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For many of us the onset of winter means shorter daylight hours and therefore less exposure to the sun, but for the 35,000 residents of Rjukan, Norway it means complete darkness. That's because the tiny town situated deep in a valley floor is surrounded by high mountains that block out the sun entirely, during the winter months.
This means that the village is shrouded in darkness even during the day, for six months every year from September to March. For those that can't survive without seeing the sun for so long, there is a solution - Heading to the top of the mountains via a cable car installed by the town's forward-thinking founder Norwegian industrialist Sam Eyde, over a century ago.
However, now thanks to the 'The Mirror Project' an installation of three 17 square meter (183 square feet) mirrors, the residents will not have to go in search of the sun anymore. Controlled by computers, the giant heliostats follow the sun, catching the rays and beaming them down on to the 600 square meter (6,459 square feet) common area where the locals can gather on a daily basis to catch some rays.
Hoisted into position about 450 meters above the town at the top of the valley, the mirrors which cost 5mm Kroners (~$923,000 USD) are not a new idea. They were originally conceived by Sam Eyde a century ago in 1913. However, the technology to implement them was not yet available which is why he settled for the cable car.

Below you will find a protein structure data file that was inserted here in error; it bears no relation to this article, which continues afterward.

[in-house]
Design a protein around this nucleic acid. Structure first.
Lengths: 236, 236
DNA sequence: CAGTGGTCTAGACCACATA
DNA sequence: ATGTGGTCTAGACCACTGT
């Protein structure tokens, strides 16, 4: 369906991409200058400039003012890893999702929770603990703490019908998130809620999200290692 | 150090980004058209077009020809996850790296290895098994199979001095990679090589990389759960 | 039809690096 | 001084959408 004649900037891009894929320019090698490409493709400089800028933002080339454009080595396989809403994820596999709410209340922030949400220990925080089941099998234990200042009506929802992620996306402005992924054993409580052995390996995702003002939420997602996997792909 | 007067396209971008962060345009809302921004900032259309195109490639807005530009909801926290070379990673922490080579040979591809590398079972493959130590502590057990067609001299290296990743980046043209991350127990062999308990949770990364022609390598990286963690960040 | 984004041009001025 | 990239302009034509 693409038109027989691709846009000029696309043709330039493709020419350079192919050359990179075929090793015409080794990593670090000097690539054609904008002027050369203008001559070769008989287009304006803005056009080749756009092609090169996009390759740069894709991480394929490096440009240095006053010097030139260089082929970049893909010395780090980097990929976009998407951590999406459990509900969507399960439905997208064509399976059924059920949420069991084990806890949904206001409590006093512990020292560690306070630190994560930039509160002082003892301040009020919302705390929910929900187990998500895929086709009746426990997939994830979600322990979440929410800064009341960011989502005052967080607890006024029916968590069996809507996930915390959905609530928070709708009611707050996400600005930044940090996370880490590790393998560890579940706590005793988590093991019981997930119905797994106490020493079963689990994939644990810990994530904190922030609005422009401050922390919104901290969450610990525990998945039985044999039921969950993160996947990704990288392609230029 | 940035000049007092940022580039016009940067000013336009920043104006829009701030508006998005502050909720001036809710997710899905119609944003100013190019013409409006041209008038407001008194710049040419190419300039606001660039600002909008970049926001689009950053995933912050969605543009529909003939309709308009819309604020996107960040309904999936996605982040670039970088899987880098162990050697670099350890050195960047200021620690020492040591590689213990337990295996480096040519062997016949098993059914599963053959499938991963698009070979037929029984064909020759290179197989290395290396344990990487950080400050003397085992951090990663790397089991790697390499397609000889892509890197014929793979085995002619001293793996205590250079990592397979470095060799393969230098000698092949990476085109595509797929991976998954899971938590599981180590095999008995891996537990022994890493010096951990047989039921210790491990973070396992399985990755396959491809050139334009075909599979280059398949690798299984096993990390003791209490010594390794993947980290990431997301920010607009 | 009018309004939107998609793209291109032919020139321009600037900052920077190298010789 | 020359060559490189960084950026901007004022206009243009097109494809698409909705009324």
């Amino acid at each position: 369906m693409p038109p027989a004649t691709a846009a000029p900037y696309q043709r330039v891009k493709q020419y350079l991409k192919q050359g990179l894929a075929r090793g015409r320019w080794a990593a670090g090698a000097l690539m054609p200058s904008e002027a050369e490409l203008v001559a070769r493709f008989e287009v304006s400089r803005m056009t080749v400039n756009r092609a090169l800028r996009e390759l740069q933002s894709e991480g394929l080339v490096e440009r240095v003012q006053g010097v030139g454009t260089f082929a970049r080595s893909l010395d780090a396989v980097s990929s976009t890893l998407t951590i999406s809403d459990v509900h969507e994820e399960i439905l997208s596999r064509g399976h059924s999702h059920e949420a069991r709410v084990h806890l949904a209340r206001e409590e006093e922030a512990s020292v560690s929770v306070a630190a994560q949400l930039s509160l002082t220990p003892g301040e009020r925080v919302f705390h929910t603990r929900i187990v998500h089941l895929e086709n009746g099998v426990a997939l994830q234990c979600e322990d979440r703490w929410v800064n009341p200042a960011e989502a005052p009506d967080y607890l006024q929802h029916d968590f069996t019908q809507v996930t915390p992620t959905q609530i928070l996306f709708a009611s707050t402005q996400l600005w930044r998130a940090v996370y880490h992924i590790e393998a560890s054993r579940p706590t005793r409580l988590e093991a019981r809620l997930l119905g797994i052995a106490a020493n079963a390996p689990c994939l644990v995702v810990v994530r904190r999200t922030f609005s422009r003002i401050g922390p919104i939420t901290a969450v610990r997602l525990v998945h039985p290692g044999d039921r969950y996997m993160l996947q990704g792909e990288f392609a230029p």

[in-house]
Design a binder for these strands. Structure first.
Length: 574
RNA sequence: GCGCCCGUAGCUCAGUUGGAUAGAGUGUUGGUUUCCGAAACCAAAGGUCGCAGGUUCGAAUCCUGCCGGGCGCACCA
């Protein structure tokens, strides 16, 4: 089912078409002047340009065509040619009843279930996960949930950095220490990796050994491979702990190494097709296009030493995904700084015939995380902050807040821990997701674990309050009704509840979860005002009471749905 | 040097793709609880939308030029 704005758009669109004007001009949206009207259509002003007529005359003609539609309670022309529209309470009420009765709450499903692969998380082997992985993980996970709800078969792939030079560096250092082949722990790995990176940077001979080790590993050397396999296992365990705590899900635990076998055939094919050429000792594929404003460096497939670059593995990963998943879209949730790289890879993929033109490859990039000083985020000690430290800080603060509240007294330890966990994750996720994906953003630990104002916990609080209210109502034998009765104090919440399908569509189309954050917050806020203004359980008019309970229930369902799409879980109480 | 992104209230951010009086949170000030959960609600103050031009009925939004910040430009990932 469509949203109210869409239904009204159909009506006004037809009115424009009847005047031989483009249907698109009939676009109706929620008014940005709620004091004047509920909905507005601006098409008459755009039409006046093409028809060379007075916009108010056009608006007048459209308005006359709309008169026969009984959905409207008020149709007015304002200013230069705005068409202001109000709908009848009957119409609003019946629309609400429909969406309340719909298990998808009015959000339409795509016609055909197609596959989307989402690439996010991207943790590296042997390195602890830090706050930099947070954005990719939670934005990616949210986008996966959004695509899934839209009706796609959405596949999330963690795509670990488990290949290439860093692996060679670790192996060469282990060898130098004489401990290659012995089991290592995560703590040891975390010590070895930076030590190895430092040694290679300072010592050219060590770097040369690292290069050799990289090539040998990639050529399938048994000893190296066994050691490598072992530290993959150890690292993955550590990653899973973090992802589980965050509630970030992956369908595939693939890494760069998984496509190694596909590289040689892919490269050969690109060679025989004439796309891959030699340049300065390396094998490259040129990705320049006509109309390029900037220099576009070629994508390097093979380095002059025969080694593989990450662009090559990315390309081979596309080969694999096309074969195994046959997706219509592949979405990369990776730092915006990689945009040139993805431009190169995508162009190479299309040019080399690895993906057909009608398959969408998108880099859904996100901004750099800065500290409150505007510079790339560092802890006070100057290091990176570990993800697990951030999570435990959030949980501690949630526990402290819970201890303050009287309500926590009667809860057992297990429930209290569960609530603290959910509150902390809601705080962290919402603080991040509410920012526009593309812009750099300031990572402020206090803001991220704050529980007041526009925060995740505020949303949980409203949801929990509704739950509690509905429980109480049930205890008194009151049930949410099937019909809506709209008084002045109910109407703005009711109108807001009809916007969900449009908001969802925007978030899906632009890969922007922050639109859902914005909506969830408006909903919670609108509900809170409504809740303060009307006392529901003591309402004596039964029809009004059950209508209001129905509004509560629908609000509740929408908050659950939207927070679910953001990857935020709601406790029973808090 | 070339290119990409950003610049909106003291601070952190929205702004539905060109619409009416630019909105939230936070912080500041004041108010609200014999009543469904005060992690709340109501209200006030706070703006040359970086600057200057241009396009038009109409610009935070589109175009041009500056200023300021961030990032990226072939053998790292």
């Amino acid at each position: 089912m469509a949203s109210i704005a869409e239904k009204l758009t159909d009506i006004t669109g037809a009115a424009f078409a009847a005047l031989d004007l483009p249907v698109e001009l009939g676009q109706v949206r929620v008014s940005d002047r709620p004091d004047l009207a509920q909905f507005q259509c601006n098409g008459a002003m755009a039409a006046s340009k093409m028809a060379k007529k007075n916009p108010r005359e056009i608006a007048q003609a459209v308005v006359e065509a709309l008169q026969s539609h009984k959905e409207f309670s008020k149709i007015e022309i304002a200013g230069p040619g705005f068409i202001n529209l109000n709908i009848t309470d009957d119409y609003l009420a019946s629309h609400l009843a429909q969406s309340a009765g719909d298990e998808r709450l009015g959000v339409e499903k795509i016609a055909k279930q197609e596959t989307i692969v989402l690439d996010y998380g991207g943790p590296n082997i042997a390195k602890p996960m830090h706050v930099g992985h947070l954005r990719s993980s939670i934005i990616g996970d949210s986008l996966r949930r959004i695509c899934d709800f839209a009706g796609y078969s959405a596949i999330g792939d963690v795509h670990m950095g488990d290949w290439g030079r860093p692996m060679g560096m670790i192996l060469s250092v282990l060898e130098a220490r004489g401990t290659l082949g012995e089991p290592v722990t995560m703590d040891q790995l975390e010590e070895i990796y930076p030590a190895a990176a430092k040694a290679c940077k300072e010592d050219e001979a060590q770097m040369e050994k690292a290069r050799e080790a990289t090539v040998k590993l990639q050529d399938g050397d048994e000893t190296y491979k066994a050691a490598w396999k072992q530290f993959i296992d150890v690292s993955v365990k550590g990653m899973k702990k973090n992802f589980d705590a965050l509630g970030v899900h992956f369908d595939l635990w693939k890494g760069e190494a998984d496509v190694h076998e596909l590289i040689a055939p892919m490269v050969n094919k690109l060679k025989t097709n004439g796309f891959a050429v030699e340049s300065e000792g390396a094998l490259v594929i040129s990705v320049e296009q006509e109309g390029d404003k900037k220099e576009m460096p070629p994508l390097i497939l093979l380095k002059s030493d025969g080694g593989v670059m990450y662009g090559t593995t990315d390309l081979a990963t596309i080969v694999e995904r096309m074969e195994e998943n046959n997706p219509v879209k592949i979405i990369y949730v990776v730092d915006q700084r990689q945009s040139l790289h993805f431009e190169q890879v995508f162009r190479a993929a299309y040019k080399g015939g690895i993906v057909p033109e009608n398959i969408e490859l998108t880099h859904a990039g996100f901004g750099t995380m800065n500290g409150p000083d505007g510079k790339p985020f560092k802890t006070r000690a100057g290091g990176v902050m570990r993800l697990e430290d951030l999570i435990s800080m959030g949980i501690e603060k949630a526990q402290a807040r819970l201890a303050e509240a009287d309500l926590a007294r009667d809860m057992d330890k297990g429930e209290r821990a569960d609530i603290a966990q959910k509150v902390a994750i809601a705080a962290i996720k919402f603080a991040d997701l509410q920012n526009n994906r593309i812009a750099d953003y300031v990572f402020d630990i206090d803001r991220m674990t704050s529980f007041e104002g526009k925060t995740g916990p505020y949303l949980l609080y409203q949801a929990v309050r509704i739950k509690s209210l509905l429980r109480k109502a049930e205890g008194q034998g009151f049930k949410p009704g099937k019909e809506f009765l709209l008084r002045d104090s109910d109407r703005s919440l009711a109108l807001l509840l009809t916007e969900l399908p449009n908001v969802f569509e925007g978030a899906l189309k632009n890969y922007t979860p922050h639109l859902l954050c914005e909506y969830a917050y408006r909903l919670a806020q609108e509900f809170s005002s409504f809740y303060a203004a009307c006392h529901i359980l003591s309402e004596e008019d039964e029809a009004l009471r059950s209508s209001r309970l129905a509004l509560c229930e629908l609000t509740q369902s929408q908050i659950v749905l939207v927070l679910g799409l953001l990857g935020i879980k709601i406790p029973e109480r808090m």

Over the years, it was contemplated a few times but most residents did not think it would work and believed it may be a waste of money. Then in 2005, Mark Anderson an artist who had moved to Rjukan from Paris, decided it was time to bring the sun to the residents of the town. In order to convince them in 2006, he led a delegation to the small Italian town of Viganella, whose residents had solved a similar issue by installing mirrors.
Once everyone was on board, they began the arduous task of drawing up the plans and more importantly, raising the funds needed to make this project a reality. While it took a few years, they managed to raise 75% of the cost from corporate sponsors.
And it was all worth the effort when on October 18th, the normally dark town square was flooded with sunlight, appeasing even the die-hard critics that had dubbed it a 'Mickey Mouse' project. Now town officials are hoping that this unusual solution will not only lead to happier residents, but also, be a tourist draw. Their timing may be perfect given that thanks to its rich industrial history and amazing architecture, Rjukan was recently nominated for UNESCO's World Heritage Site list and will most likely be added, by 2015.
Resources: dailymail.co.uk, phys.org.